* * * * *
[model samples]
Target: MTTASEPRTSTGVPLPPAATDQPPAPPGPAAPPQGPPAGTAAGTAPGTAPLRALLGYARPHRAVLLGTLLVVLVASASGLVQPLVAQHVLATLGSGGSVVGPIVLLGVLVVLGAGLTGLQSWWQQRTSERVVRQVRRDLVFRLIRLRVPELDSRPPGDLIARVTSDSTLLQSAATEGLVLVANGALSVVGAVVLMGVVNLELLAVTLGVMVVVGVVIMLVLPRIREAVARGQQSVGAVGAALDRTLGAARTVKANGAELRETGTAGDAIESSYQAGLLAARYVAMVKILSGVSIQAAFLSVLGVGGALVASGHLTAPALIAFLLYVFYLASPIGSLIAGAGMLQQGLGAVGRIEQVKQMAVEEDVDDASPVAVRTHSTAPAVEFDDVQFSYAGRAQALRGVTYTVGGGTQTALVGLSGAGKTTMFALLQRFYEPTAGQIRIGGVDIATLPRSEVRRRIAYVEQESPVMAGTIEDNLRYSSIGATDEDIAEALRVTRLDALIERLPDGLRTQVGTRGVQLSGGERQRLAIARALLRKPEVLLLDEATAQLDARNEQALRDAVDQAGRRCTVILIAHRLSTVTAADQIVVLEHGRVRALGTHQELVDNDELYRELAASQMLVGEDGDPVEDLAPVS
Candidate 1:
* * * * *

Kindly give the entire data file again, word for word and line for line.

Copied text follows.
[model samples]
Target: MTTASEPRTSTGVPLPPAATDQPPAPPGPAAPPQGPPAGTAAGTAPGTAPLRALLGYARPHRAVLLGTLLVVLVASASGLVQPLVAQHVLATLGSGGSVVGPIVLLGVLVVLGAGLTGLQSWWQQRTSERVVRQVRRDLVFRLIRLRVPELDSRPPGDLIARVTSDSTLLQSAATEGLVLVANGALSVVGAVVLMGVVNLELLAVTLGVMVVVGVVIMLVLPRIREAVARGQQSVGAVGAALDRTLGAARTVKANGAELRETGTAGDAIESSYQAGLLAARYVAMVKILSGVSIQAAFLSVLGVGGALVASGHLTAPALIAFLLYVFYLASPIGSLIAGAGMLQQGLGAVGRIEQVKQMAVEEDVDDASPVAVRTHSTAPAVEFDDVQFSYAGRAQALRGVTYTVGGGTQTALVGLSGAGKTTMFALLQRFYEPTAGQIRIGGVDIATLPRSEVRRRIAYVEQESPVMAGTIEDNLRYSSIGATDEDIAEALRVTRLDALIERLPDGLRTQVGTRGVQLSGGERQRLAIARALLRKPEVLLLDEATAQLDARNEQALRDAVDQAGRRCTVILIAHRLSTVTAADQIVVLEHGRVRALGTHQELVDNDELYRELAASQMLVGEDGDPVEDLAPVS
Candidate 1: